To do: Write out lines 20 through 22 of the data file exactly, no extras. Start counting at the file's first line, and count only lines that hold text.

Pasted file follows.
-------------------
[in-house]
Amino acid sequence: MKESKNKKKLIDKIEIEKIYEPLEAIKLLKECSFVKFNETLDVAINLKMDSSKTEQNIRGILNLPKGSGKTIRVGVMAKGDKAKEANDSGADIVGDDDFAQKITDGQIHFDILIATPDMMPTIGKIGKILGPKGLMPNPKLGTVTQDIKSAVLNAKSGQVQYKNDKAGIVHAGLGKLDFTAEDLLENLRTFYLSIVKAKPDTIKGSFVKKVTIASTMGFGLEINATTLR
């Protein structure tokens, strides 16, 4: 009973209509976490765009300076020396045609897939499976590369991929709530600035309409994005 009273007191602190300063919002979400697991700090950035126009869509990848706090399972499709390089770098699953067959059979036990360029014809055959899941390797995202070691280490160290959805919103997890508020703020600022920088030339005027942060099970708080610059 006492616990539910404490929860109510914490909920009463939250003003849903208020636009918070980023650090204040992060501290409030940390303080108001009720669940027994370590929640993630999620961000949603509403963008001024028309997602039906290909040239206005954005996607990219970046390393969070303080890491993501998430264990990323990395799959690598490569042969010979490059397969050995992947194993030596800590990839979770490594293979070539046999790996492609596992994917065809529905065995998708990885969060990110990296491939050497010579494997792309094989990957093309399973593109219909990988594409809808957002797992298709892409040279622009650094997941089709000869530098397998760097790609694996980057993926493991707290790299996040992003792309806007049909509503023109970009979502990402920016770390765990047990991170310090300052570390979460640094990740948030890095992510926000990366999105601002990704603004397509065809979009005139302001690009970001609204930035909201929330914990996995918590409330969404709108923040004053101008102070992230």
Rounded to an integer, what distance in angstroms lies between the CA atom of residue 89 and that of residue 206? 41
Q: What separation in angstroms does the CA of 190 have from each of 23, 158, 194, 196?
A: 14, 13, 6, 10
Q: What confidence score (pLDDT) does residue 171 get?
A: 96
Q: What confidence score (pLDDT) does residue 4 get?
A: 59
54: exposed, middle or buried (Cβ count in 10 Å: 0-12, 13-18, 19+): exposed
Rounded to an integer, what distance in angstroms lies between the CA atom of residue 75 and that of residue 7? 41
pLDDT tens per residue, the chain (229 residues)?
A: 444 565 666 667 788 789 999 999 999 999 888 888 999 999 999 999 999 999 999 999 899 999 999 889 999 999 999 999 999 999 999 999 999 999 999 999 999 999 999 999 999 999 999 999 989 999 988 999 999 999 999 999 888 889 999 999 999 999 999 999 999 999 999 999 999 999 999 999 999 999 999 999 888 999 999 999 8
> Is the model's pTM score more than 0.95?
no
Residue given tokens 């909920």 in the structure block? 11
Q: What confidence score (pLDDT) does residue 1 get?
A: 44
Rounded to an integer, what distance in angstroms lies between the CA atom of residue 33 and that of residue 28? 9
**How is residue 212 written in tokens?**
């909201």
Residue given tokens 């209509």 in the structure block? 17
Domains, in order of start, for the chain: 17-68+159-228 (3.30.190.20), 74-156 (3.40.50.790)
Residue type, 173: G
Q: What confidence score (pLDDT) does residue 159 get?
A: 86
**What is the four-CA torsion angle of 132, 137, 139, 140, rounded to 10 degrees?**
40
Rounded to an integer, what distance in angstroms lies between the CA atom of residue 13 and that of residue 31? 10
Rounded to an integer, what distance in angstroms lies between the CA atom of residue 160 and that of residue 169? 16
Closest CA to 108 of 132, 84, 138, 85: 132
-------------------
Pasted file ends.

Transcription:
Rounded to an integer, what distance in angstroms lies between the CA atom of residue 33 and that of residue 28? 9
**How is residue 212 written in tokens?**
């909201």